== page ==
Prof Ken Attefuah has said the office of the National Identification Authority (NIA) was in a big mess before he took over as Executive Secretary following his appointment by President Nana Akufo-Addo in January this year.

Prof Attefuah said on Tuesday 19 September in an interview that bad leadership from previous managers of the NIA and lack of funds conspired to bring the place on its knees.

“I alluded earlier to the very limited or abysmal level of financial and logistical support that the National Identification Authority (NIA) received over the years and the net effect of that is that the place was completely run down, it was in a very deplorable state, there is no nicer way of describing what I have just stated,” he told Bernard Avle on Accra-based Citi FM.

“Toilets were clogged, there was no water, they had dug a borehole when they couldn’t afford to pay water bills… and when the salinity in the water also clogged the pipes, they basically bought drums and barrels and placed them on all four floors of the building and people carried water on their heads and filled and used water from the buckets to flush [toilets].

“That was the situation; it was dirty, smelly and quite frankly I think not the place fit for human habitation but they were caught between bad circumstance and bad fate and, so, people worked in the building or pretended to work in the building.

“By and large only a few people were seriously at work. A lot of them were just moving around meeting the time obligation, even there, people were clocking in and disappearing and coming at 4pm or 5pm to clock out and receiving their salary at the end of the month. We met a situation where – and it still persists – most vehicles are broken down, they are still on the compound, they are on stones, approximately 100 vehicles and less than about 20 of them work,” Prof Attefuah revealed.

Asked if he thought the situation was caused by bad leadership or lack of fund, Prof Ateffuah said: “I think it’s a combination of that and I say this not to spite anyone but I think that there is also a leadership issue.”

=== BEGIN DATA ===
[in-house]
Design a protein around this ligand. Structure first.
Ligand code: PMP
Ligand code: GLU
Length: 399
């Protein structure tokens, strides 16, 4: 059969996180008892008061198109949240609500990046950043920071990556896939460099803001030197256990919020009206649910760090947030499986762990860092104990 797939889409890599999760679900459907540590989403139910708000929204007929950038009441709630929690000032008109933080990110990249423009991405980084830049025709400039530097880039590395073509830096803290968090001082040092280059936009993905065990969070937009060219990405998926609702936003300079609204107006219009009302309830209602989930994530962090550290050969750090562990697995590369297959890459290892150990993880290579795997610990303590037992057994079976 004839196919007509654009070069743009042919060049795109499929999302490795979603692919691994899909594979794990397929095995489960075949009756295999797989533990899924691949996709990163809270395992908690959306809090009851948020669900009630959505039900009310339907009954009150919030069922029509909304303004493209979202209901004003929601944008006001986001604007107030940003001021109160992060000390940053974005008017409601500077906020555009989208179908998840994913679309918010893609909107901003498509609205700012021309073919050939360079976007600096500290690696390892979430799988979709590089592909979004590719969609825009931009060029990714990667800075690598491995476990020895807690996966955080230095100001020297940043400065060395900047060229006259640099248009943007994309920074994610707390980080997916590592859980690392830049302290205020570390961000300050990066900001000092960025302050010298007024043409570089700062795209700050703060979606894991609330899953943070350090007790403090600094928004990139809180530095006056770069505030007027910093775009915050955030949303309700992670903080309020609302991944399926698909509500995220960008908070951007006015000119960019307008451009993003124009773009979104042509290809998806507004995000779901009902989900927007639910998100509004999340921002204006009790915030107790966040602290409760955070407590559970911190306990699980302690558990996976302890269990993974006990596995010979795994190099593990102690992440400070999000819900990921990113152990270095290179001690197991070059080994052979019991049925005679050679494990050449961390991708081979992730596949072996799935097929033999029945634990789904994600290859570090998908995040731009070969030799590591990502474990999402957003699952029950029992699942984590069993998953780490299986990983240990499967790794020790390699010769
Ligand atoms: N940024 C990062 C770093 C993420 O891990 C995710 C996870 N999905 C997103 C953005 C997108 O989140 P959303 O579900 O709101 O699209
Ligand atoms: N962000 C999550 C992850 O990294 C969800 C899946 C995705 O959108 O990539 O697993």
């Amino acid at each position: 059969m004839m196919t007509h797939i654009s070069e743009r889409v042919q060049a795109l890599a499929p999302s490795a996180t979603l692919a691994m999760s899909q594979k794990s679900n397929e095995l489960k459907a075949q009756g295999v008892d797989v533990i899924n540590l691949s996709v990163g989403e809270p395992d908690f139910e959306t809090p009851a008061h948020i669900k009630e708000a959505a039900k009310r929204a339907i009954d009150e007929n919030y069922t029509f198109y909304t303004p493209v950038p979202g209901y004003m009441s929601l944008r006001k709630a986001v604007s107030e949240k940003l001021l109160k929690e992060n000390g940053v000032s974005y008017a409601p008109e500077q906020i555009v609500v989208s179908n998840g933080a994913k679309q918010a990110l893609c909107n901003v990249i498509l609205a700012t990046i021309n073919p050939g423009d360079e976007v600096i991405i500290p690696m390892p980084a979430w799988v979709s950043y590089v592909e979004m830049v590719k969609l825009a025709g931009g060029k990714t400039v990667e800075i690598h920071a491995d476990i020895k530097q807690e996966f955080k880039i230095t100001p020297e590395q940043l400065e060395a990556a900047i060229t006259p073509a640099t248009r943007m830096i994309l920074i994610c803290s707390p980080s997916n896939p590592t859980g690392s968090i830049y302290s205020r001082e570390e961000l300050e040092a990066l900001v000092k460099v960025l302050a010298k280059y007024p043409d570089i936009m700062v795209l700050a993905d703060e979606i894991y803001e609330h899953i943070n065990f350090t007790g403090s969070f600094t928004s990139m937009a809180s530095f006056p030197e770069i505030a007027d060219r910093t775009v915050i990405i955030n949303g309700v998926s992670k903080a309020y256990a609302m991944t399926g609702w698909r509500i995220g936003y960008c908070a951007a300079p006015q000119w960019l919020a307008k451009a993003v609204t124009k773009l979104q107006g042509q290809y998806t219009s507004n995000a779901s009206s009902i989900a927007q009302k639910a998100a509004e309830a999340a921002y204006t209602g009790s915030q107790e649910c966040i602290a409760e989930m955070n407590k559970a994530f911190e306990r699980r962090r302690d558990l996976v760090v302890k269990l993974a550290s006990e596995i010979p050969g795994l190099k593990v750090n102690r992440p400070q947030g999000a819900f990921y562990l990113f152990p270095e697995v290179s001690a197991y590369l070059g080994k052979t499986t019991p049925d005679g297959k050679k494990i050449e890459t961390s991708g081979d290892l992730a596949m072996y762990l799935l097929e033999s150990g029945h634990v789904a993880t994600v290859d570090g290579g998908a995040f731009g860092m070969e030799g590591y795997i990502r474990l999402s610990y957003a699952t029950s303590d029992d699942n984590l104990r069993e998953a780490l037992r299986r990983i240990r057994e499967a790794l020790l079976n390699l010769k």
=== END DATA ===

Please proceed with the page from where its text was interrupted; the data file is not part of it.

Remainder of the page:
He said through his leadership with the support of the staff, he completely transformed the place after a few weeks of assuming office.

“…Within two months of my being there, within the first month we changed the place. The workers themselves, I invited them, I met with them on a Tuesday and on a Saturday over 90% of them were ready lacing their boots and they brought sponges and buckets and soap and all of that, voluntary labour and we literally washed the building. I mean we washed and scrubbed the building, the floors, the walls and with their own funds and a little support. I remember even JOY, Jacob Osei Yeboah, that independent presidential candidate coming around and seeing what we were doing and then contributing I think GHS1000 or something. We bought paint from staff and then from our partner IMS, a donation of about GHS20,000, most welcome, and all of us contributing, buying soap and supplies and washing and painting the building and people who were there before, when they had come back after February, were surprised that it is the same place. We weeded the compound and cleaned it up, and we cleaned our minds and we cleaned our hearts and we mobilised all our energies and we decided that we were going to turn the place around. I want to turn the NIA from a deficit or cost centre to a revenue centre both metaphorically and literally and that’s the project on which we have embarked.”

The (NIA) is mandated to establish a national data centre and manage a national database, set up a system to collect, process, store, retrieve and disseminate personal data on the population (Ghanaian citizens – both resident and non-resident and legally- and permanently-resident foreign nationals), ensure the accuracy, integrity and security of such data, and to issue and promote the use of national identity cards in Ghana. It is also to make data in its custody available to persons or institutions authorized by law to access the data.

The NIA seeks to facilitate the integration of all public sector/ civil operation, law enforcement, corporate and business applications/systems to the National Identification System, and the provision of general identification services. The setting up of the National Identification System is in response to providing up-to-date data that will facilitate the nation’s development agenda.


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